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Currently, I check for imported functions (.plt) using objdump:

objdump -D -j .plt myprog | grep '@plt'

However, it doesn't seem right to have objdump output annotated disassembly to grep to list imported (.plt) functions.

To check exported functions, I use readelf -s myprog, but the imported .plt functions doesn't show up here?

How can I list all imported (.plt) function in an ELF executable?

  • nm -D your_prog | grep -w U – mosvy Jun 23 '19 at 11:42
  • Thanks @mosvy - why do .plt symbols correspond to "U" The symbol is undefined? Is it because, it is first resolved at runtime using dynamic linking? Also, could .plt symbols be output by readelf? – Shuzheng Jun 23 '19 at 11:50
  • 1. nm -D is more general than ELF and will tell you about all dynamic symbols; the undefined ones from an executable are of course those that should be resolved at run time. 2. I don't know about readelf -- please post a reproducible testcase instead of some vague claims. In any case, your objdump | grep plt thing will display __libc_start_main@ as printf@plt+.. with a stripped binary, so it's completely useless. 3. the binutils tools make it unnecessarily hard to rev-eng stripped binaries -- every time I had the need, I had to put up my own thing, instead of fighting with them. – mosvy Jun 23 '19 at 12:20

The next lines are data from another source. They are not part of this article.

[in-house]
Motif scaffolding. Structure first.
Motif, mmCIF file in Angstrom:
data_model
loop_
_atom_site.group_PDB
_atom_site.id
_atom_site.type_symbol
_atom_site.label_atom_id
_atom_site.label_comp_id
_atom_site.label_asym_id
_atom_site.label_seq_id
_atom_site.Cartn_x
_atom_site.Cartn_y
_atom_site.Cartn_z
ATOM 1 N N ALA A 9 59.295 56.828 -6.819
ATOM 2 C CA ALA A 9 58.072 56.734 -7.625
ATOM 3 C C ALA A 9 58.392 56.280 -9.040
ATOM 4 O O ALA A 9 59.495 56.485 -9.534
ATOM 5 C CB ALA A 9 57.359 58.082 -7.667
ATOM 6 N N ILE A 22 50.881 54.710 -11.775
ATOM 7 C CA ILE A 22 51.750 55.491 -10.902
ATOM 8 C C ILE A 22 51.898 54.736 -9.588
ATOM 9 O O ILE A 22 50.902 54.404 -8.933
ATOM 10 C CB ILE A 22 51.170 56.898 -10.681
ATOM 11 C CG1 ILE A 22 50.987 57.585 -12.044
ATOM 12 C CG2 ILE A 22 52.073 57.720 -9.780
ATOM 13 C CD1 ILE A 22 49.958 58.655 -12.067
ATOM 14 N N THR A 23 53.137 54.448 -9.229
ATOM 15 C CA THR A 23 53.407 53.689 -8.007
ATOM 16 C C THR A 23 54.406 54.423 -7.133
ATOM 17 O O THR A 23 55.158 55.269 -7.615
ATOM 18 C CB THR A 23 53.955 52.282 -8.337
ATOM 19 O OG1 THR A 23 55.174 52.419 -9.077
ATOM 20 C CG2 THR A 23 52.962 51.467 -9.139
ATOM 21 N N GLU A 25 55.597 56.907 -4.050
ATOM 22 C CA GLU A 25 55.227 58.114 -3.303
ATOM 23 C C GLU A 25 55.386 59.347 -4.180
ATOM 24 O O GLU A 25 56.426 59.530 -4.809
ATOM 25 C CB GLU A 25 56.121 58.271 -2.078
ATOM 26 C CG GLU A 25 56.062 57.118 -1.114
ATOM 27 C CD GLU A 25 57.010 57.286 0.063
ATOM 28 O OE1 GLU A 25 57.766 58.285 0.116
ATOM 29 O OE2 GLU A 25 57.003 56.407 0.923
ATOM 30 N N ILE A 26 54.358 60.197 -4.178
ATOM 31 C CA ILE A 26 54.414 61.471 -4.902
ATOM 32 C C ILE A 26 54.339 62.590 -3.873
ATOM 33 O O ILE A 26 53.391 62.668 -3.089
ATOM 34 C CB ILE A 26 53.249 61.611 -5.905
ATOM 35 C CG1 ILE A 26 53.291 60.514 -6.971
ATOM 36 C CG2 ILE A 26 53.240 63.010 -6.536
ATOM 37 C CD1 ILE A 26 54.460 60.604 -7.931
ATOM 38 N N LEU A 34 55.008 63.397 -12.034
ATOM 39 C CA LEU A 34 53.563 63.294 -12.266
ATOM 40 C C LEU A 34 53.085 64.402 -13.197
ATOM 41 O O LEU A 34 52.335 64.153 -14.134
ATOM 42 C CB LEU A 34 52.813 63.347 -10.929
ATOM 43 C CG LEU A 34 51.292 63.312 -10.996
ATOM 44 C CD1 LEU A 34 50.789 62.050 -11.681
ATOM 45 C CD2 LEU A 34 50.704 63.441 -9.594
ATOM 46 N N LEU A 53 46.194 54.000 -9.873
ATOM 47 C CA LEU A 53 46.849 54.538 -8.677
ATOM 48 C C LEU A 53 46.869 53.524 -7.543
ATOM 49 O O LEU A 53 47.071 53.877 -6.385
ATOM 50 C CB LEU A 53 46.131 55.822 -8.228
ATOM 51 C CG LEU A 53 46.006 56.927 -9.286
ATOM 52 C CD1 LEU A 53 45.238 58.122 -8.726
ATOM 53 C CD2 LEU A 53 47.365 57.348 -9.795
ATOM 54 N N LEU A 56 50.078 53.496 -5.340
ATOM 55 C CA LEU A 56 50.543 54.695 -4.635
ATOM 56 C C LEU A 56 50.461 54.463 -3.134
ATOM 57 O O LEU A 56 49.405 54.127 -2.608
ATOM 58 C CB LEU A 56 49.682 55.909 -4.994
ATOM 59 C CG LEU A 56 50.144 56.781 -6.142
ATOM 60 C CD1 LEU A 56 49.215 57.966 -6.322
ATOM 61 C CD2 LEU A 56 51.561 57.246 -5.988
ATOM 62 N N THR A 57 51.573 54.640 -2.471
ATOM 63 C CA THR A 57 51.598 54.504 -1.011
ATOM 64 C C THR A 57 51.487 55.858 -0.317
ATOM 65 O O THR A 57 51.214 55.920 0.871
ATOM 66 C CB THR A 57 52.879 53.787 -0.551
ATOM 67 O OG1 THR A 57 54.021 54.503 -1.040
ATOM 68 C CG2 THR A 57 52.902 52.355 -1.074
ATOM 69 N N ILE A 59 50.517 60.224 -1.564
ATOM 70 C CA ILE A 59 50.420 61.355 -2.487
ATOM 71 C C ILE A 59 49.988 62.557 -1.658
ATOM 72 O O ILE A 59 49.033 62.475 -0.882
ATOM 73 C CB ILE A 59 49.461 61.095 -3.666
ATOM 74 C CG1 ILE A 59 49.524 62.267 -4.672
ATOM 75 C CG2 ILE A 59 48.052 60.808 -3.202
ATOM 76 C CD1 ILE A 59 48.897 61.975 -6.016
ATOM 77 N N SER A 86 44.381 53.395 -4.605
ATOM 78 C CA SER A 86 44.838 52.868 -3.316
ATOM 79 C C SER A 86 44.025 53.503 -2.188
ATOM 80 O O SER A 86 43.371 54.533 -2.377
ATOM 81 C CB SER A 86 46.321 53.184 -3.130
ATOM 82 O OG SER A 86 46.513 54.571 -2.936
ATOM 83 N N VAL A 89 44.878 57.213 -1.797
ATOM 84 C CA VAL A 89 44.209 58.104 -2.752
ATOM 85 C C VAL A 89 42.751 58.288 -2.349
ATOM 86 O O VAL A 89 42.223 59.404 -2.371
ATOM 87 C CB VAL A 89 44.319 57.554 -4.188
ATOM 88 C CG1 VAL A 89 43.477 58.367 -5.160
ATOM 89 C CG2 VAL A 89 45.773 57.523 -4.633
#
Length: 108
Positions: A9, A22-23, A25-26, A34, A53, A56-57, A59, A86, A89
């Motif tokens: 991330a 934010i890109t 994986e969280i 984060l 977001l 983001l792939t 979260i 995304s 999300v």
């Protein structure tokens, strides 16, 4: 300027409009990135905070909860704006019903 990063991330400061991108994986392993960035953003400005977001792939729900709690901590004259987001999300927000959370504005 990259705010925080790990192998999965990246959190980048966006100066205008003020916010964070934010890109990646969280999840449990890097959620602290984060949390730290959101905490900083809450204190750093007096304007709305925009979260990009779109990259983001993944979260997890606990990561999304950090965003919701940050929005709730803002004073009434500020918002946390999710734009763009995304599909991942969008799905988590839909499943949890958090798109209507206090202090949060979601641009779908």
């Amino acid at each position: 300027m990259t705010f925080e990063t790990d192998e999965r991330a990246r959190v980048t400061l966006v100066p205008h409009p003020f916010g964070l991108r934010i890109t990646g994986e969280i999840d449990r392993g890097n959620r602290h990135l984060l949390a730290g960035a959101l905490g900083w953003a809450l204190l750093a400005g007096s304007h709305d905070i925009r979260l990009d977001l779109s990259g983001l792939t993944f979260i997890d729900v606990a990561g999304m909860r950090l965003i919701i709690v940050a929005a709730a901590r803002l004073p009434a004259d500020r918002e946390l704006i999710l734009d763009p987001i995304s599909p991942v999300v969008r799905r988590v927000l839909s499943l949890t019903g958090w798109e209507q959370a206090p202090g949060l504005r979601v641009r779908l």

• @mosvy - thanks, just curiousity: What did you use instead of binutils for stripped binaries? Something you coded yourself? Also, for a stripped binary, all symbols will be lost, so there won't be any __libc_start_main@, neither printf@plt, right? – Shuzheng Jun 23 '19 at 17:05

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